Defensiveness is not only destructive in marital relationships, but also in chinuch, and this is often overlooked. From a pedagogical perspective, it is a poor way to educate children and help them internalize a sense of values and identity. In particular, with our newest generation of young adults, who have unprecedented access to information that has not been available in prior generations, parents who are defensive and fearful about discussing any kind of topic with their children are dangerously naive. By the time our children are young adults, we can assume that there is no social, religious, environmental, psychological or political issue that our children are curious about that they would have been unable to get information on, be it properly or improperly, balanced or biased.
I am not sure what happened, but near as I can guess, somewhere post enlightenment, as Jews gained access to secular studies and universities, the rabbinic community became alarmed at the rapid exposure, assimilation, and feared inability to adapt to the torrent of information and social changes. You cannot blame these rabbonim for the actions at the time. In the past, change was slow, and most threats to the spiritual or physical integrity of the Jewish people would fade away over time. Just double down, denounce the threat from the pulpit, encourage repentance, and it will all go away. As the Gemara (Kesuvos 3b) asserts:
שְׁמָדָא עֲבִידָא דְּבָטְלָא, וְתַקַּנְתָּא דְרַבָּנַן מִקַּמֵּי שְׁמָדָא לָא עָקְרִינַן.
A decree of religious persecution [shemada] is likely to be abrogated, and we do not abolish a rabbinic ordinance in the face of a decree of religious persecution.
These great leaders did not realize that rapid change and social disruption of traditional communities from burgeoning technological and sociological dynamics were to become a permanent feature of life, and are ongoing to this day. Advances in technology are happening at a faster rate than ever before that will make the traditional community NOSTALGIC for the scare and threats of the internet toward religious life. Virtual reality, synthetic meat, AI and the scary possibility that a human mind could be uploaded or backed up onto a chip, as well as advances in longevity medicine will threaten many of the traditional psychological institutions that were stable for centuries. I am confident that the Torah will always be relevant, even more so to help Man find meaning in a future where all indulgences may be possible without noticeable physical consequences other than the erosion of humanity’s soul. (For those who are learned in Chazal, there are many surprising traditions that, taken in a new light, teach us about current issues. Just as one example, the Shalah (Torah Shebeksav, Vayigash) inadvertently presages virtual reality and robots used for illicit purposes, in that he explains that Yosef accused the Shevatim of having made a female golem to “stroll with”.)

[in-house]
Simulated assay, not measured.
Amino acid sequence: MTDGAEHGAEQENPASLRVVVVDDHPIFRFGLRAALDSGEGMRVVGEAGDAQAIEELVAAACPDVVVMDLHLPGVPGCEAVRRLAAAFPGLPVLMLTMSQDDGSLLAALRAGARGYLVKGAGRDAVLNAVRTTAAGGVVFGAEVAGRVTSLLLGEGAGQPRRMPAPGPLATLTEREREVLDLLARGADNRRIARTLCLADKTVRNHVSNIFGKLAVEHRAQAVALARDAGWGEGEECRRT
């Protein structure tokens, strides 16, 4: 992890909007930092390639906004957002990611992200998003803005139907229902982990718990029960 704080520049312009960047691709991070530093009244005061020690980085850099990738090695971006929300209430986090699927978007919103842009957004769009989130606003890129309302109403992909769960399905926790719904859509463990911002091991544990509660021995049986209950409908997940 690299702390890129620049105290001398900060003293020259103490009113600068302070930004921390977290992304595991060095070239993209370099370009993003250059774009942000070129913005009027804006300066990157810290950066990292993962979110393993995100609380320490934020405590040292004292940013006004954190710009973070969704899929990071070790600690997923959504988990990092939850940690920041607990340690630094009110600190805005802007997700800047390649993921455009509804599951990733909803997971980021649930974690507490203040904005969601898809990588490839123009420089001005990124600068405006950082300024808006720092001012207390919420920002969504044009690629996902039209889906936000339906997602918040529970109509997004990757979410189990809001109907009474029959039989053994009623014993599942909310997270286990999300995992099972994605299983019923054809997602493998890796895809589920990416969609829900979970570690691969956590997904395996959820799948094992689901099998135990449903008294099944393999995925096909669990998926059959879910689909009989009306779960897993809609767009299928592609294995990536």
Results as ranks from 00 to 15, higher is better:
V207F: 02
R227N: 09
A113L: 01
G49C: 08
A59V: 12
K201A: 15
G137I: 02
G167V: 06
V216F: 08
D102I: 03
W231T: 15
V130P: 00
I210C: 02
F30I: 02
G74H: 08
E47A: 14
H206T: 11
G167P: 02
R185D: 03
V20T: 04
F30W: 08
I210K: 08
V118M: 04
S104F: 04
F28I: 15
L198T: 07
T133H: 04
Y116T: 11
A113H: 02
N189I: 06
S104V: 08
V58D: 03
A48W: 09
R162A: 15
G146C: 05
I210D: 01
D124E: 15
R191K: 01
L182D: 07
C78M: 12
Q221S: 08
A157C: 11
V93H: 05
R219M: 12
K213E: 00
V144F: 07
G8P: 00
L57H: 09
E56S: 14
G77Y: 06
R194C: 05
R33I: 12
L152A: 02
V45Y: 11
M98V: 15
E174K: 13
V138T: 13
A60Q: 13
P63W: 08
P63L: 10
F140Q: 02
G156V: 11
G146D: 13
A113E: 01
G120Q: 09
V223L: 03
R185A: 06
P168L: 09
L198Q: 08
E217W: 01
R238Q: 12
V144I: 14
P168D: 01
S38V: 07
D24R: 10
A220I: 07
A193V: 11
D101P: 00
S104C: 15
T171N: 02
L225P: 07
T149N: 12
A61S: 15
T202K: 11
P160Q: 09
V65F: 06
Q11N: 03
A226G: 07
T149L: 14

However, to engage with these new challenges properly, we must not suppress the next generation’s questions and need to grapple with new states of consciousness and awareness. It is not our job alone to have all the answers to the questions — it is enough to acknowledge that there are valid questions, express confidence in the Torah, and encourage open minded thought and study to discover the greatness in the Torah and its message for the next generation.